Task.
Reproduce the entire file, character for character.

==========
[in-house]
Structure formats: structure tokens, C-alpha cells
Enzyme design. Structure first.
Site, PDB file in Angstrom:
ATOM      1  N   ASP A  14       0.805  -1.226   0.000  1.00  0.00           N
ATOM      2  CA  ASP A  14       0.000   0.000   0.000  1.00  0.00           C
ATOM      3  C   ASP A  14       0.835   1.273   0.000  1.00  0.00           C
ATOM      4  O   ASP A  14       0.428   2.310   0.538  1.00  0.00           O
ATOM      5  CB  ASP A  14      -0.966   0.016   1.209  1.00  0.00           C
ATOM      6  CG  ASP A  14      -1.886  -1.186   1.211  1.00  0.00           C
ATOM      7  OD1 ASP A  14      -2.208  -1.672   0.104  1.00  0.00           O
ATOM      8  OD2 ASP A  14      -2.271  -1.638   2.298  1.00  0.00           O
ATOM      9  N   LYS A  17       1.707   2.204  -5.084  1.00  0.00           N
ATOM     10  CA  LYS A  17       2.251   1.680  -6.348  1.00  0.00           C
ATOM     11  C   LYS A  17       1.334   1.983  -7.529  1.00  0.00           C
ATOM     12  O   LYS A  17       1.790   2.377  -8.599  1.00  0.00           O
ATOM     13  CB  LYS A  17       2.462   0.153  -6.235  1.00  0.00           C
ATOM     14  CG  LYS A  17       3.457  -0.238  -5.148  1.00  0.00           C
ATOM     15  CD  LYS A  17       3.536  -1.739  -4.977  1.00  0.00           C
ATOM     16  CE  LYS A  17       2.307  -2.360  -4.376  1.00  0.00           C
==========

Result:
[in-house]
Structure formats: structure tokens, C-alpha cells
Enzyme design. Structure first.
Site, PDB file in Angstrom:
ATOM      1  N   ASP A  14       0.805  -1.226   0.000  1.00  0.00           N
ATOM      2  CA  ASP A  14       0.000   0.000   0.000  1.00  0.00           C
ATOM      3  C   ASP A  14       0.835   1.273   0.000  1.00  0.00           C
ATOM      4  O   ASP A  14       0.428   2.310   0.538  1.00  0.00           O
ATOM      5  CB  ASP A  14      -0.966   0.016   1.209  1.00  0.00           C
ATOM      6  CG  ASP A  14      -1.886  -1.186   1.211  1.00  0.00           C
ATOM      7  OD1 ASP A  14      -2.208  -1.672   0.104  1.00  0.00           O
ATOM      8  OD2 ASP A  14      -2.271  -1.638   2.298  1.00  0.00           O
ATOM      9  N   LYS A  17       1.707   2.204  -5.084  1.00  0.00           N
ATOM     10  CA  LYS A  17       2.251   1.680  -6.348  1.00  0.00           C
ATOM     11  C   LYS A  17       1.334   1.983  -7.529  1.00  0.00           C
ATOM     12  O   LYS A  17       1.790   2.377  -8.599  1.00  0.00           O
ATOM     13  CB  LYS A  17       2.462   0.153  -6.235  1.00  0.00           C
ATOM     14  CG  LYS A  17       3.457  -0.238  -5.148  1.00  0.00           C
ATOM     15  CD  LYS A  17       3.536  -1.739  -4.977  1.00  0.00           C
ATOM     16  CE  LYS A  17       2.307  -2.360  -4.376  1.00  0.00           C